Proceed with caution.

Website | Twitter | Facebook

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Blog Tour Review: The Obsidian Pebble by Rhys A Jones

11-year old Oz Chambers lives in a haunted house (Penwurt). His mother wants to move, but Oz would rather do double algebra (yuck) every day for twelve months than leave. Where others see spooky, Oz sees wonder and mystery and aching reminders of his deceased dad. When he and his friends hear ghostly footsteps in the boarded-up dorm at Halloween, it leads to an exploration of the old place’s eerie reputation. In his Dad’s locked study, Oz finds a parcel addressed to him and posted the day before his father died. Inside is the obsidian pebble, the link to all of Penwurt’s astonishing secrets. Suddenly Oz begins to change; he goes from maths dunce to A student overnight and has to deal with suspicious teachers and jealous pupils. But the footsteps in the locked rooms don’t go away and slowly, Oz begins to knit together the strands of lies and mystery that tie the obsidian pebble, his father and him together. What Oz hasn’t bargained for is that he’s not alone in that search for understanding and that solving Penwurt’s puzzles lead to other, much darker secrets that will test his loyalty and his bravery to the limit.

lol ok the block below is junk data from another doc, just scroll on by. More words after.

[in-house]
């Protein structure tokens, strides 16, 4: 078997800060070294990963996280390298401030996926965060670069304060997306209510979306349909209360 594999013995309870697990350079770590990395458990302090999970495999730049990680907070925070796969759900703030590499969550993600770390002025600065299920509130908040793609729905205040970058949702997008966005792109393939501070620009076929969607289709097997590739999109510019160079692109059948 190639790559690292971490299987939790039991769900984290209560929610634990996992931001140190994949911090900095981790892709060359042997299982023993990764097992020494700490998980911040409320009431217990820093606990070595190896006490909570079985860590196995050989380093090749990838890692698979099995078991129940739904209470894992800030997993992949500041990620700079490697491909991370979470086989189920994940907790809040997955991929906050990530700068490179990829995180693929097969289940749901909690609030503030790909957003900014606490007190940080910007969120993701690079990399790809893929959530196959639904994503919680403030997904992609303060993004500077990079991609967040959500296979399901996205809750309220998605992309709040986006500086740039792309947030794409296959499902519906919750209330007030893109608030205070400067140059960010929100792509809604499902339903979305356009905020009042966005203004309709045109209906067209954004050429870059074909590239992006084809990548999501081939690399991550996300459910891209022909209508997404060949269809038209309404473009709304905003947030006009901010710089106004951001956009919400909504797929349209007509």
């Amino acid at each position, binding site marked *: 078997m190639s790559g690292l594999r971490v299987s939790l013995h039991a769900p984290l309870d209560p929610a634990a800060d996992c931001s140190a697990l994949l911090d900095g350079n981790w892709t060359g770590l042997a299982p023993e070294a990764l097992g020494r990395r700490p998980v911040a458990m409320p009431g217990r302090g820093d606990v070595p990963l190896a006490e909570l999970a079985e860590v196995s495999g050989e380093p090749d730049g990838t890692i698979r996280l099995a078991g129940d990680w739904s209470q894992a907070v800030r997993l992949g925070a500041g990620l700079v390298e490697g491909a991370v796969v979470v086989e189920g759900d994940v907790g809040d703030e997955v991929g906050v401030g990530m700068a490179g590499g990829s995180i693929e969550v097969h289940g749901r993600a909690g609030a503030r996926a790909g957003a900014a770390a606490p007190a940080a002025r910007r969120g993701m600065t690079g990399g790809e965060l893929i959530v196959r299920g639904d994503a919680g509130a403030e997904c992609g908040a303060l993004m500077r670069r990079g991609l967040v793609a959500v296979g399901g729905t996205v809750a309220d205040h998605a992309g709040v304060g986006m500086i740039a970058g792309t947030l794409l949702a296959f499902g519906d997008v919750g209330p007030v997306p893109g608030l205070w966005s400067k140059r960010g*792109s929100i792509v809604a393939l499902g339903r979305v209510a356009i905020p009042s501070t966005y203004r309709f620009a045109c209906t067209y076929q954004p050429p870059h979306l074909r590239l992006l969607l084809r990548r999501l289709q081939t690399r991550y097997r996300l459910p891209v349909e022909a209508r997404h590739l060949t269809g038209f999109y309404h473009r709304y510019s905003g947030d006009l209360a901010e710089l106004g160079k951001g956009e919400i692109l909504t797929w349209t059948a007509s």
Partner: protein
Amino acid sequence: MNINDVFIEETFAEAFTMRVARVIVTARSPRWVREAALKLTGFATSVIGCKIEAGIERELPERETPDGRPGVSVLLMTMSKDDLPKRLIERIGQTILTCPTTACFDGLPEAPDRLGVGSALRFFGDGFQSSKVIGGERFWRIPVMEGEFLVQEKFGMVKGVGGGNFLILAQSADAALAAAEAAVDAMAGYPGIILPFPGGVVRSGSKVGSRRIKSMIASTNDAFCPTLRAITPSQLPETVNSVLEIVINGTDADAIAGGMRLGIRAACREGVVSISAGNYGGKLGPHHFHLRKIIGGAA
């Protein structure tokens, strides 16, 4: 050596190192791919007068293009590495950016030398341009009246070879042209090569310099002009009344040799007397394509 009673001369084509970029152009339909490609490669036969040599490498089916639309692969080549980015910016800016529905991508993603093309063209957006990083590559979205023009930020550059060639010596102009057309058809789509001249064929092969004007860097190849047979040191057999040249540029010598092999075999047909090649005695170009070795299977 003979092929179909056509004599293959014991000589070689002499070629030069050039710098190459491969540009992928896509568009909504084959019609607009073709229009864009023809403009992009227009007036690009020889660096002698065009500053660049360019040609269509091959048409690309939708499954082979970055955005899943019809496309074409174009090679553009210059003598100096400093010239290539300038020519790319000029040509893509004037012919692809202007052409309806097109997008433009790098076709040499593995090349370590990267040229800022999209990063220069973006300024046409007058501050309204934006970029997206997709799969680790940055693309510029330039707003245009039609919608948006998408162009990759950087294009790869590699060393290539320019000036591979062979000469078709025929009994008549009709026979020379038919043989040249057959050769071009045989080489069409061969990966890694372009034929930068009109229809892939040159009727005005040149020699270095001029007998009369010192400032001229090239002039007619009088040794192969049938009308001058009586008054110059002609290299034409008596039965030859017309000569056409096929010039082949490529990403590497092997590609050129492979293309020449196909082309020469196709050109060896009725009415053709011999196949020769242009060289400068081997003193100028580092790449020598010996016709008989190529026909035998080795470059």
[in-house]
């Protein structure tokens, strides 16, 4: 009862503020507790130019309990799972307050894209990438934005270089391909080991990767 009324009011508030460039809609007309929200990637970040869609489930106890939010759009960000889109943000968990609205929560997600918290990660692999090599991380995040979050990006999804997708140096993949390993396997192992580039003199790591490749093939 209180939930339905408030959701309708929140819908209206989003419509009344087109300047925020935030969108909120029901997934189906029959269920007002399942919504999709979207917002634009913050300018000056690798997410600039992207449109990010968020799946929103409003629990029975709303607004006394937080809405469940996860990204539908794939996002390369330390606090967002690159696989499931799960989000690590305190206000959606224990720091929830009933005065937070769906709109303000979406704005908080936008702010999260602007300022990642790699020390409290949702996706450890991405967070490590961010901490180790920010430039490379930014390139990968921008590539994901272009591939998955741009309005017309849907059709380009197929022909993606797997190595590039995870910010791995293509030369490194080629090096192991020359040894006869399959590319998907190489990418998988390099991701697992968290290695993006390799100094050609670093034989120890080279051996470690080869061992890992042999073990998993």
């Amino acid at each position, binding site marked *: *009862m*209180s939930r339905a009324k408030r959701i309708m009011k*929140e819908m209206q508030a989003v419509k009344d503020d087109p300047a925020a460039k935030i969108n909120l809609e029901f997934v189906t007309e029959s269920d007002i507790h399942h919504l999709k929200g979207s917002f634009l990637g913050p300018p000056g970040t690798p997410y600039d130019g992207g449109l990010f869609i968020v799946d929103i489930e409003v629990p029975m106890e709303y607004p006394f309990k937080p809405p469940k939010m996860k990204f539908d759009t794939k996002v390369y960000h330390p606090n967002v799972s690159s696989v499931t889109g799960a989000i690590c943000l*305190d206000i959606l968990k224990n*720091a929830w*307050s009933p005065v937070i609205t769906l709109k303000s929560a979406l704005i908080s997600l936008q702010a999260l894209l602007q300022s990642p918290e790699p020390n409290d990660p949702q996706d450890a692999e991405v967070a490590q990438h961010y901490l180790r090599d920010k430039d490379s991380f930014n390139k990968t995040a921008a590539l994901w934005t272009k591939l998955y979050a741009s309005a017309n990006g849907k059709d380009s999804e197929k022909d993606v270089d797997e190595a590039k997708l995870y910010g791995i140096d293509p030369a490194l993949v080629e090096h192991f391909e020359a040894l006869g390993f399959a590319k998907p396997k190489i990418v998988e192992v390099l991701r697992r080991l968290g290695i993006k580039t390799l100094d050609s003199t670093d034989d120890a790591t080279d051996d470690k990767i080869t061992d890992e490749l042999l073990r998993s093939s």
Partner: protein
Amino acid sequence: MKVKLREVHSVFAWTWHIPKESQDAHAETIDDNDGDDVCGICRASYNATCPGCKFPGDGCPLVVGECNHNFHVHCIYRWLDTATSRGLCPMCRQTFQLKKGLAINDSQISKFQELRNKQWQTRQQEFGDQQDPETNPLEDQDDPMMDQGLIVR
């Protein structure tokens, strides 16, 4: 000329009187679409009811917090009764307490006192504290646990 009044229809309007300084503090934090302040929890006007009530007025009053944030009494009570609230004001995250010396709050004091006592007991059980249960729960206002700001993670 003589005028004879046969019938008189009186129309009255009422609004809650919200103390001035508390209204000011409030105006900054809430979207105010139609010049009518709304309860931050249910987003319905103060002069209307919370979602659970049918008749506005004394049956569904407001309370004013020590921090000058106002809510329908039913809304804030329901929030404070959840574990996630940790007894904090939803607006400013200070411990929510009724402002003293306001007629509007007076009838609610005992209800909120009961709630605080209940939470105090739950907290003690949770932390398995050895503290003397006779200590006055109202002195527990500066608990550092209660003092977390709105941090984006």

While reading this, I had flashbacks of Harry Potter. If Harry Potter weren’t a wizard, Hogwarts were a slightly creepy house and it were set in Wales not London. Meet Oz, Ellie and Ruff, the trio and each of them have their own thing they bring to the group in order to make them a strong little team. Not too much unlike *drum roll* Harry Potter. And in replacement of magic and beasts, there are cyphers, ghosts, mysterious artifacts and above all Welsh jargon! Less on the Harry Potter spectrum, there’s also a nice element of history which also weaves into the use hieroglyphics, cyphers and artifacts from Egypt. Creeptastic!